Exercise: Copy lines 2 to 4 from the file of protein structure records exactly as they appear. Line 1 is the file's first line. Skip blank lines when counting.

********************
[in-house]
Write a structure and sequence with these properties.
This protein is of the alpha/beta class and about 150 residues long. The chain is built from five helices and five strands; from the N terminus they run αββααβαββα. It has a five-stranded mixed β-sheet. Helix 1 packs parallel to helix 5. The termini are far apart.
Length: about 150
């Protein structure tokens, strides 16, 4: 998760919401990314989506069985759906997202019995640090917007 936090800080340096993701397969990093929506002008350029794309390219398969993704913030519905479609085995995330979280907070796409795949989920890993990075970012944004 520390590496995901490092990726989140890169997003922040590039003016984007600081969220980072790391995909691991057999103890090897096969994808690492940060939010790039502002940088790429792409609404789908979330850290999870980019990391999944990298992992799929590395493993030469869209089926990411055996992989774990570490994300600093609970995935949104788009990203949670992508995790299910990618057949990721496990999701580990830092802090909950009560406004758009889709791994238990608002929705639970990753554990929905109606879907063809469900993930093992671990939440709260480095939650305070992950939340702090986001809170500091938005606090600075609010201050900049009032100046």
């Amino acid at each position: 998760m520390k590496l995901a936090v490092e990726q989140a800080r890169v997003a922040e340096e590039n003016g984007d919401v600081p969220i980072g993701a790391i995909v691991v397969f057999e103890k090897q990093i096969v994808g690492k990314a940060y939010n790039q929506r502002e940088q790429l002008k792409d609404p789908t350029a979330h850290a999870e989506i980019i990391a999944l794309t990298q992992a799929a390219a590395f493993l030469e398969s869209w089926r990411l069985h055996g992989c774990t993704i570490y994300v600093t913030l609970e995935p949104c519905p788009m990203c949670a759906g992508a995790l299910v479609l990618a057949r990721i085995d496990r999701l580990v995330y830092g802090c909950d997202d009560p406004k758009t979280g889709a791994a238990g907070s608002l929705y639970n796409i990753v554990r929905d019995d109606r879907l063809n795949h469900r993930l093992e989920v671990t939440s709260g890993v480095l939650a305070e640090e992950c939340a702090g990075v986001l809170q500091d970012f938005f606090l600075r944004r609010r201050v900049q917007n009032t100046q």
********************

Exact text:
Write a structure and sequence with these properties.
This protein is of the alpha/beta class and about 150 residues long. The chain is built from five helices and five strands; from the N terminus they run αββααβαββα. It has a five-stranded mixed β-sheet. Helix 1 packs parallel to helix 5. The termini are far apart.
Length: about 150